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Chemistry 141 Final Review

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by: Alina Levy

Chemistry 141 Final Review Chemistry 141

Marketplace > Michigan State University > Chemistry 141 > Chemistry 141 Final Review
Alina Levy
GPA 3.0

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This is for the CLUE course with Cooper.. Although it may not be the same as other classes it still is based off of basic principals of Chemistry
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"If Alina isn't already a tutor, they should be. Haven't had any of this stuff explained to me as clearly as this was. I appreciate the help!"
Ronny Grady

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This 13 page Study Guide was uploaded by Alina Levy on Sunday December 6, 2015. The Study Guide belongs to Chemistry 141 at Michigan State University taught by in Fall 2014. Since its upload, it has received 7 views.

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If Alina isn't already a tutor, they should be. Haven't had any of this stuff explained to me as clearly as this was. I appreciate the help!

-Ronny Grady


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Date Created: 12/06/15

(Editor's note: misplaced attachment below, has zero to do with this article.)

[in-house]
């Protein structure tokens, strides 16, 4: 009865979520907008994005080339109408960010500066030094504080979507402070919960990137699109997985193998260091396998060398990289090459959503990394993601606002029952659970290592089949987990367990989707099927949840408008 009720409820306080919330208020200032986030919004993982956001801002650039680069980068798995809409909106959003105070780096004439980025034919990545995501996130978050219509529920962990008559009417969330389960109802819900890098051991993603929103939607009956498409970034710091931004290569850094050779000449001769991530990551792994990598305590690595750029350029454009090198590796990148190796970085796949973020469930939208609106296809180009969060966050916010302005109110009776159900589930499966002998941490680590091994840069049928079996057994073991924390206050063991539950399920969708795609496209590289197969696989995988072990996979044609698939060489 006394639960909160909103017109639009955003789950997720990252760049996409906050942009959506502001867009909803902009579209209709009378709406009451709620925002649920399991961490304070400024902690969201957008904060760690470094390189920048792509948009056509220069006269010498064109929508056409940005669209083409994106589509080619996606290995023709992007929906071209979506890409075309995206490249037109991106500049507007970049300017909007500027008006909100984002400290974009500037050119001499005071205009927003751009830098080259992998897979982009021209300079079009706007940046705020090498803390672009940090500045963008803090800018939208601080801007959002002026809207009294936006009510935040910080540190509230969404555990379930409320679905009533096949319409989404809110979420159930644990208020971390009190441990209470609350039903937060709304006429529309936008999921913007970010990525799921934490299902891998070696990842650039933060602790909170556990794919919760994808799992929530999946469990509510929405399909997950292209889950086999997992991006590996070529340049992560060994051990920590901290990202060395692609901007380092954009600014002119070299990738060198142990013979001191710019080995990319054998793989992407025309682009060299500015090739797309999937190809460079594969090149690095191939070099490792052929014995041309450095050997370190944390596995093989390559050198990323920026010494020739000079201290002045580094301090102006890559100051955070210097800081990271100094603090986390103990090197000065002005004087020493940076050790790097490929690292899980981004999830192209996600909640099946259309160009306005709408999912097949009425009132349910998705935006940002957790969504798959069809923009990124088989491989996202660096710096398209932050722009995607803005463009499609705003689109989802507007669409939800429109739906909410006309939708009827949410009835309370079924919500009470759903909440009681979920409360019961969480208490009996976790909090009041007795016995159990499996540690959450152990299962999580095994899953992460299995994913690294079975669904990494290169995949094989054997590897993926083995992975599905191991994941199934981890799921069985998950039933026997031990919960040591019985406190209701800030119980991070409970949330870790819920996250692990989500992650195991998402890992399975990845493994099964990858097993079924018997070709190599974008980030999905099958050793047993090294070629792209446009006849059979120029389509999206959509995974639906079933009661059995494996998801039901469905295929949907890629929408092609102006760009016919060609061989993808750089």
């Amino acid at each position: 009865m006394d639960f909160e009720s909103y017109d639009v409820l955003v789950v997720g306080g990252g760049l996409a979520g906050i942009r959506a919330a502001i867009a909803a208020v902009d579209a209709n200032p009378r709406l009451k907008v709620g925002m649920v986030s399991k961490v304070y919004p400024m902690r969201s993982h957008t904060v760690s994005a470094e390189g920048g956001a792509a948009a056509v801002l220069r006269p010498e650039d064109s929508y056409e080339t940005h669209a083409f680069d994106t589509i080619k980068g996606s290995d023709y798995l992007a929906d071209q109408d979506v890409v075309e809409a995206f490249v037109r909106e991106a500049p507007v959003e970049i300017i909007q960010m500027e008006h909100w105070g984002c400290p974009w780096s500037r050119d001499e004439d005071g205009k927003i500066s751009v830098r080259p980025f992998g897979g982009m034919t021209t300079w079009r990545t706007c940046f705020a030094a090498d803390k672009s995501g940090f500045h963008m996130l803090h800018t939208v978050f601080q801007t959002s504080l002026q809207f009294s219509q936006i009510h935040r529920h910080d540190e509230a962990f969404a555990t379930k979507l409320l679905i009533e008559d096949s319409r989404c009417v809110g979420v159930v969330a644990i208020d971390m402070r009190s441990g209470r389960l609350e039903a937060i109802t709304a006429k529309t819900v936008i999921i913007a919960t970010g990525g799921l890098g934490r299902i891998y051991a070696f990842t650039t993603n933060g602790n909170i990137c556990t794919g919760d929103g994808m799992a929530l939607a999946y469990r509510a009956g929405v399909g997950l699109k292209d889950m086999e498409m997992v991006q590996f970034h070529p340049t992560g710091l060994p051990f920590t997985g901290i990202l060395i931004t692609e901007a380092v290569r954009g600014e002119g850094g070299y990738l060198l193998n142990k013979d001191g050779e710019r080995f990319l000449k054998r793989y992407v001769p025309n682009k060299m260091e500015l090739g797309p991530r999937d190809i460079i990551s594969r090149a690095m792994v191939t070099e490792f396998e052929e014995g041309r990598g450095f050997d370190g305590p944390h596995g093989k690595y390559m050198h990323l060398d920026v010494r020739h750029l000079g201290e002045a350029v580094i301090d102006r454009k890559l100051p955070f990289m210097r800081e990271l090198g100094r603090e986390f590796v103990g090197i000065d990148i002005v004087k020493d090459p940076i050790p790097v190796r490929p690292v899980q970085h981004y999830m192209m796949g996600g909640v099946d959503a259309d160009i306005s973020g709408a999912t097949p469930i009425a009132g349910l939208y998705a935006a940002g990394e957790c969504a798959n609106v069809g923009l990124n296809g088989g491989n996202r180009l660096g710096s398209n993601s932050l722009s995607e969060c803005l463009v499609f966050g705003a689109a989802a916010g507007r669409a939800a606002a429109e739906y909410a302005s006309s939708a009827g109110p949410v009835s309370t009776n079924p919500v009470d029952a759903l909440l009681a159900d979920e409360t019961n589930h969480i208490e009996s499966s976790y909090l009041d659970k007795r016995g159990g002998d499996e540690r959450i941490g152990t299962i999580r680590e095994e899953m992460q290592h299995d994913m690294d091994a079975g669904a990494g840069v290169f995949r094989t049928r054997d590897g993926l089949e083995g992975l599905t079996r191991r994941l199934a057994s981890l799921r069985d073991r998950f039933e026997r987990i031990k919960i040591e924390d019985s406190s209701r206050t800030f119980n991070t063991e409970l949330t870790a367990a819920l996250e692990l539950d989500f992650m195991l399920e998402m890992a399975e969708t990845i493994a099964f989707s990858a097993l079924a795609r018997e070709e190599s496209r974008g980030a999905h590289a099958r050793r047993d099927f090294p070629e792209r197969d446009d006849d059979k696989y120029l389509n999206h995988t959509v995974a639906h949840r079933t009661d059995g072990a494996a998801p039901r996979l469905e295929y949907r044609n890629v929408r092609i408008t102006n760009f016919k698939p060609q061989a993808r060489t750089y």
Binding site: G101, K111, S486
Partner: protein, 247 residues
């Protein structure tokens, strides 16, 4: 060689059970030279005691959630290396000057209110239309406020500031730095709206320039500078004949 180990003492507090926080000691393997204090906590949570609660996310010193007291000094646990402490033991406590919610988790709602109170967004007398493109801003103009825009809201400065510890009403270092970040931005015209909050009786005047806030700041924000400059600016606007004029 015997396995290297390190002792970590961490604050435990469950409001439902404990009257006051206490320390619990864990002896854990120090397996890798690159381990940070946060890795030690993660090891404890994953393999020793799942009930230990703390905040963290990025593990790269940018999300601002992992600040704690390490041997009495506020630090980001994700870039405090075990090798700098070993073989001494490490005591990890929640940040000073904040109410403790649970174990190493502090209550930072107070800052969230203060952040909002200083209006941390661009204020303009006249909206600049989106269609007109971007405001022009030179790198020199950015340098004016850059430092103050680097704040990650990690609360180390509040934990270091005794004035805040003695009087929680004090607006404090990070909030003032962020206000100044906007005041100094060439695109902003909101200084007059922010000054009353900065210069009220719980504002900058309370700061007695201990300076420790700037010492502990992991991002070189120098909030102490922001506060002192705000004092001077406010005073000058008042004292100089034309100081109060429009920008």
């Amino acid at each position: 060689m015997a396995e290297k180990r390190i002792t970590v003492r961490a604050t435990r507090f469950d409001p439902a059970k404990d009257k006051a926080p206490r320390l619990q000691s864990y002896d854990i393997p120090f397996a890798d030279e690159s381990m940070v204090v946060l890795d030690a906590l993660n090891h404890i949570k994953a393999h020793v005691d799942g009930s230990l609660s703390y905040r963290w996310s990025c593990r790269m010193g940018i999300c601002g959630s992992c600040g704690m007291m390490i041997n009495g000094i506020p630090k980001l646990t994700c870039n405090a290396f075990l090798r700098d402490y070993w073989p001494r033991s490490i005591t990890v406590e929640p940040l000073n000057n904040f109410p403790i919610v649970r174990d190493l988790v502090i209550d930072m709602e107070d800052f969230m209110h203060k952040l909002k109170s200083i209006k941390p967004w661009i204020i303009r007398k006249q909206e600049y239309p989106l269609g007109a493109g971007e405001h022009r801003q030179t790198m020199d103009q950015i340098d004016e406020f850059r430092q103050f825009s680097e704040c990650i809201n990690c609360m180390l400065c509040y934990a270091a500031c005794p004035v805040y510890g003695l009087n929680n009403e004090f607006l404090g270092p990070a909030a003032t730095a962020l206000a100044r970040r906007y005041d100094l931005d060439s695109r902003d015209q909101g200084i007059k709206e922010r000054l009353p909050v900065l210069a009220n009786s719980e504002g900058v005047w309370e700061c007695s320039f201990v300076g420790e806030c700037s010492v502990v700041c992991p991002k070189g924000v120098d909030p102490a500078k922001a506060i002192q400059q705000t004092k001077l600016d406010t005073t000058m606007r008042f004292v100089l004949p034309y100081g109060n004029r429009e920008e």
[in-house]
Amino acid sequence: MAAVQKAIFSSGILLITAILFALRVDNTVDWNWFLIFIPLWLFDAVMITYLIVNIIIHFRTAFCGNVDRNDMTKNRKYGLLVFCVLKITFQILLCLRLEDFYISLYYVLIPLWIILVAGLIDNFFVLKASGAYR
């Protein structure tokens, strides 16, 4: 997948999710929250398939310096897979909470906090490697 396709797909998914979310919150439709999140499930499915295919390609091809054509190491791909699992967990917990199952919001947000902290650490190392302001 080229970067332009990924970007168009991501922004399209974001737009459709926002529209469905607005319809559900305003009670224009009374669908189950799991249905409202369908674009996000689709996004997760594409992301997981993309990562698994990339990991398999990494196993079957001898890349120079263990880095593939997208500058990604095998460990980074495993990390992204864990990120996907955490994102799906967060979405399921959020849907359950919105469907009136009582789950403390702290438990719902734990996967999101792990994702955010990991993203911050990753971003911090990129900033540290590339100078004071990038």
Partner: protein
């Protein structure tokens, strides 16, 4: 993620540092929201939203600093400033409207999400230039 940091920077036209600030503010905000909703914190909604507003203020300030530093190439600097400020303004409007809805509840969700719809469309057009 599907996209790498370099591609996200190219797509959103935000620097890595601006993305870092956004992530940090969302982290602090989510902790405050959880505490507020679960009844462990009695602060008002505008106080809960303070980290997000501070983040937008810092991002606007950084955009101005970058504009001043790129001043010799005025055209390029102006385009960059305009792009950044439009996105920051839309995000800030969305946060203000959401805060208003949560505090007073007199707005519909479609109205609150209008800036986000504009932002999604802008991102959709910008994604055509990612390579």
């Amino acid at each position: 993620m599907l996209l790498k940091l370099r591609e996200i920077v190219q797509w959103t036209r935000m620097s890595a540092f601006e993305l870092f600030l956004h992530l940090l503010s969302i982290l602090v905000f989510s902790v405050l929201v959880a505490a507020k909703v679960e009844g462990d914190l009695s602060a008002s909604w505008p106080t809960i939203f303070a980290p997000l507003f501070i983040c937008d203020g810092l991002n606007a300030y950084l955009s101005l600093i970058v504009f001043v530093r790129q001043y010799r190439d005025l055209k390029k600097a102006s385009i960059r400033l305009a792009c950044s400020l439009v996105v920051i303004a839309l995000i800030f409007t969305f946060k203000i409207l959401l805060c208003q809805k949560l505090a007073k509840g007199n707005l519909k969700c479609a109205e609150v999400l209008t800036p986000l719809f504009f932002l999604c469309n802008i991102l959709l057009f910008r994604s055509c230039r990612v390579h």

1.0-Chemistry  Chemistry is the study of matter and the changes that it undergoes  Changes in matter = energy changes Matter and Energy  (Most) matter is made up of atoms  Energy doesn’t have atoms in it Atoms  Atoms are the smallest unit of an element  There are 92 naturally occurring elements  Elements contain only one kind of atom  Atoms combine together to make molecules  The radius of an atom is ~ 100 pm (0.1nm) Molecules  Atoms combine together to make molecules  O is the symbol for oxygen, 02 is the symbol for oxygen molecule  Molecules can have more than one kind of element in them 1.1- Chemistry, Life, the Universe & Everything Scientific Question  Can be answered by doing experiments making observations, taking measurements, in a replicable way (ie. If someone else can’t repeat then it is not science)  You need evidence if you are going to make a claim  Must support your claim with data A Scientific Theory  Based on observations/experiments  Makes testable predictions  May change over time as new evidence becomes available  Is falsifiable (ie. Can be proven false by experiments and data)  Restricted to natural phenomena  Explains how and/or why Scientific Model  Can be a drawing or a graph or diagram or an equation, physical or mental  We use models to help us make sense- predict what would happen  They make testable, quantifiable predictions What’s the difference between Law and Theory?  Law is the description of the phenomenon while the theory explains the phenomenon Constructing a Scientific Explanation  3 main components o Claim: the claim is your conclusion o Data: the date is the evidence that is used to support the claim o Reasoning: The reasoning explains the relationship between the claim and the data 1.2- Intro to Atoms  Only 5% of the matter in the Universe appears to be made up of atoms  Cells, Air, and Gold all have atoms  A cell is bigger than atoms and molecules – atoms are the smallest Evidence of Atoms  The original idea of atoms came from the Greeks  “Atomos” – not to be cut o Not based on experimental evidence – based on philosophy o Elements: Earth, fire, air, and water  Atoms were thought to be constant motion- based on watching the movement of dust motes in sunlight- and that there was nothing or a “void” between them (later called Brownian motion from Einstin) Dalton’s Atomic Theory  Elements are composted of small indivisible, indestructible particles, called atoms.  All atoms of an element are identical and have the same mass and properties  Atoms of a given element are identical and have the same mass and properties  Compounds are formed by combinations of atoms of two or more elements  Chemical reactions are due to the rearrangement of atoms; atoms (matter) are neither created nor destroyed during a reaction. (still true) The Electron: JJ Thompson  The electron was the first subatomic particle to be discovered. Thompson’s experiment showed that:  “Particles” emerged from one disc (cathode) & moved to the other (anode)  These particles could also be deflected by magnetic fields  The particles carried the electrical charge – that is if the ray was bent, for example by a magnetic field, the charge went with it  The metal that the cathode was made of did not affect the behavior of the ray- so whatever the composition of the ray – it appeared to be independent of the element that is came from.  Atoms contain electrons “embedded” in the atom like raisins in plum pudding  Thompson discovered the electron because electrons are easier to remove from the atom  If atom was like a plum pudding, all the a particles should go straight through Ernest Rutherford  a particles that hit the nucleus were deflected and the rest passed through  Rutherford discovered the nucleus  Atom are made up of mostly empty space  Small dense positive nucleus in the center of the atom Alpha Particle  Has two protons and two neutrons Rutherford’s Planetary Model Neutrons (discovered 1932)  Hard to detect because they are neutral in charge  Slightly heavier than protons What an atom looks like Fuzzy electron cloud 1.3 – Atom Interactions  Atom is electrically neutral  Very small nucleus  Nucleus contains protons and neutrons  “cloud” of electrons- takes up most space Force Description Gravity Responsible for attraction between objects that have mass Electromagnetic Responsible for attraction between objects that have electric charge Strong Short range interactions that occur between objects made of quarks (like protons and neutrons, which are held together in the nucleus despite electrical repulsions between protons) Weak Short range intersection that occurs between elementary particles; weaker than electromagnetic or strong force. When a ball is thrown up in the air The Gravitational Force is the only force acting on the ball. When interacting objects increases, force increases. When distance between objects increase, force increases M 1 2 Gravitational Force can be Modeled by this equation: F∝ 2 r Fields mediate gravitational forces  Objects with mass are sources of gravitational fields and are affected by the gravitational fields of all other objects with mass.  Gravitational forces are always attractive. Electromagnetic force  Is mediated by electric and magnetic fields  All these forces act at a distance  Much stronger than gravity.  Can be both attractive and repulsive.  The electromagnetic force stops us from falling through the Earth, - and makes us hover over chairs (sort of) Coulomb’s Law q1q 2 F ∝ 2 r  Q1 and Q2 are the charges, and r is the distance between them  Forces between the charges can be modeled by this Energy  Any change in matter is accompanied by a change in energy  Changes in energy are caused by changes in force  Energy is conserved  System- Part of the universe you are looking at  Can monitor energy changes between system and surroundings  Energy is never lost- it can be transferred or transformed. o First Law of Thermodynamics  Two types of energy: Kinetic and potential Kinetic Energy • KE = 1/2mv 2 • Energy associated with motion • When the ball moves toward the ground, the kinetic energy increases Potential Energy  Energy associated with the position of a system of objects in a field  You can’t have potential energy without a field (gravitational, electric)  Sometimes referred to as “stored energy”  When the ball moves toward the ground, the potential energy decreases  When the ball falls to the ground, the total energy stays the same. Energy can be transferred (from one object to another) and transformed.  The distorted electron cloud creates a separation of charge 1.4 Atom Interactions London Dispersion Forces  Present between ALL molecules (neutral species)  Caused by fluctuations of electron density in the molecule (or atom)  Adjacent molecule- gets induced dipole Instantaneous Dipole – temporary difference in charge distribution within an atom    This is an attractive interaction but as they move closer- they repel! When two atoms move closer together o Total Energy- stays the same – Energy is being transferred to other atom oKinetic Energy- increases – Energy associated with motion o Potential Energy- decrease – they have less space to move  When you add thermal energy (raise the temp) o The kinetic energy of the molecules increases, causing them to move faster, collide and/or vibrate with more energy  How do the He atoms “know” the temperature is rising?  o The energy is transferred from other atoms that have collided with thte walls of the container, that were directly heated. 1.5 – Intermolecular Forces and Bonds  As the atoms move closer, the PE decreases  At the potential minimum, the system is most stable. o Attractive force=repulsive force  As the atoms move even closer, the PE increases  The depth of the well tells you how strong the interaction between the atoms is (and how much energy would be needed to get atoms out of the well) (Horizontal)  The internuclear distance tells you how far away from each other the atoms are, when they are most stable. (vertical) Van der Waals radius = ½ the distance between atoms at the potential minimum London Dispersion Forces  Increase with size of particle (number of electrons)  Increase with surface area  Part of a range of intermolecular forces (between particles)  Can be between atoms or molecules (intermolecular)  Bonds- more permanent – stronger harder to break Formation of covalent bonds  When two H atoms approach – they are attracted much more than two He atoms. – they form a covalent bond.  When the two H atoms collide- they form a new chemical species – a hydrogen molecule  When you heat H2 up the molecules move faster and will eventually separate. Breaking bonds requires an input of energy (to the system) - this can be by adding thermal energy – Increase in kinetic energy Ex: heating H to 6000k breaks the bond- which requires energy. Forming bonds releases energy (to the system) – this moves energy from the system to the surroundings Chapter 2: Light is a wave Electromagnetic Radiation  Radio waves, microwaves, infrared, ultraviolet, Xrays, Gamma Rays  High – Low frequency – Gamma Rays (y), X rays, UV, Visible, IR, Micro, Radio  High – Low wavelength- Radio, Micro, IR, visible, UV, X ray, Gamma  Light is a “wave”  Wavelength  (m) – distance from peak to peak  Frequency  (Hz – s ) number wave fronts per second  Amplitude- height of peaks (intensity)  C =   o Where c = velocity (3.00 x 10 ms for light) Determine the wavelength (in nm) of an X-ray with a frequency of 4.2 18 x 10 Hz. Properties of Waves: Interference OR Waves in phase can produce constructive interference. Properties of Waves: Diffraction Waves are bent, or diffracted, when they encounter an obstacle or slit with a size comparable to their wavelength. Thus, when a wave passes through a small opening, it spreads out. Particles, by contrast, do not diffract; they simply pass through the opening. Properties of Waves: Diffraction Patterns Energy of light  Short wavelengths (and higher frequency) are “Higher in Energy” Light is a Particle Photoelectric effect  When light shines on a metal surface electrons are emitted – creating a current  The light is transferring energy to the metal surface- where it is transformed into kinetic energy that give the electrons enough energy to “leave” the atoms in the metal  There is a threshold frequency below which no electrons are ejected – no matter how bright or intense the light is.  IF light were a wave – increasing the intensity should increase the energy- and eject electrons  Energy is transferred as a particle (photon) that has a definable energy.  E = h v  One photon ejects one electron  If the photon does not have enough energy – no electron is ejected o Einstein – photoelectric effect- doesn’t depend on intensity – just frequency E/m radiation is a particle (and a wave)  Planck E = h v for the energy of a photon (h= 6.626 x 10 -3J.s) 18 –1 o What is the energy of a photon of frequency 4.0 x 10 s o What is the wavelength of a photon of energy 6.2 x 10 –8J  Can be described as either a particle or a wave  These are models- not reality!! 2.2 – Spectra, Bohr Model, Heisenberg, Schrodinger Quantum Numbers and Orbitals Visible spectrum– light from the sun (white light), can be separated by a prism  Light from one particular element doesn’t contain the colors of the spectrum – it only has a few wavelengths  Spectra show light only of specific wavelengths/energies – the spectrum of an element is the same whether that element is on Earth, the Sun, or in the Galaxy. Niels Bohr  Explained emission and absorption spectra by involving discrete energy levels o Characterized by quantum numbers (n)  Electrons move in ORBITS around the nucleus o So- the energies of electrons in atoms are quantized  Photons of electromagnetic energy are emitted from atoms as electrons move from one energy level to another Bohr Model (only works for hydrogen) Matter is a wave (and a particle)  DeBroglie all matter has wave like properties – can calculate wavelength   = h/mv  Electrons – wavelength  about the size of atom –affects properties −31 o Note: Mass of an electron is 9.1×10 kg o h = 6.626 x 10 –34J.s o 1J = 1Kg.m /s2 2 6  Q1. What is the wavelength of an electron moving at 2.65 x 10 m/s Quantum Mechanics  Heisenberg Uncertainty Principle o Can’t measure accurately both the position and the momentum (or energy or velocity) of a small particle (electron)  Schrodinger – Quantum Mechanics 2 o Wave equation - Wave function  - Probability  Quantum Numbers and Atomic Orbitals Atomic Orbitals- Regions of high probability for finding electrons Quantum Numbers- allow us to understand the arrangement of electrons in an atom, n, l, m,land m s N is the principal quantum number, it can have values of 1, 2, 3, 4. It describes the electron shell, or energy level, of an atom L – the angular momentum quantum number, describes the subshell Ml – Magnetic quantum number, describes the specific orbital (or cloud) within that subshell Ms- The spin quantum Number, describes the spin of the electron in each orbital.  Each atomic Orbital can only contain 2 electrons  The position and energies of electrons in atoms can be describes by atomic orbitals  We can think of quantum numbers as a set of descriptors for electrons in an atom  Electrons in the same orbital have opposite spins, Ms = +1/2 or -1/2 2.3 – Quantum Numbers and Atomic Orbitals Aufbau Principle: Electrons occupy lowest level orbitals first Hund’s Rule: Electrons occupy orbitals of the same energy singly (they don’t pair up until they have to – people on a bus) Core and Valence Electrons  Core – is the last noble gas + any full d shell (transition metals) (a closed shell of electrons is very stable)  Valence- are the electrons that are higher in energy outside the closed shell Periodic Trends Atomic radius – Half the distance between two nuclei  Atomic radius increases down a group. Ionization Energy Decreases  Makes sense: heavier element s, more particles in the nucleus and more electrons  Atom radius across a row decreases. Ionization Energy: The energy required to remove an electron from an atom As atomic radius increases- Ionization Energy Decreases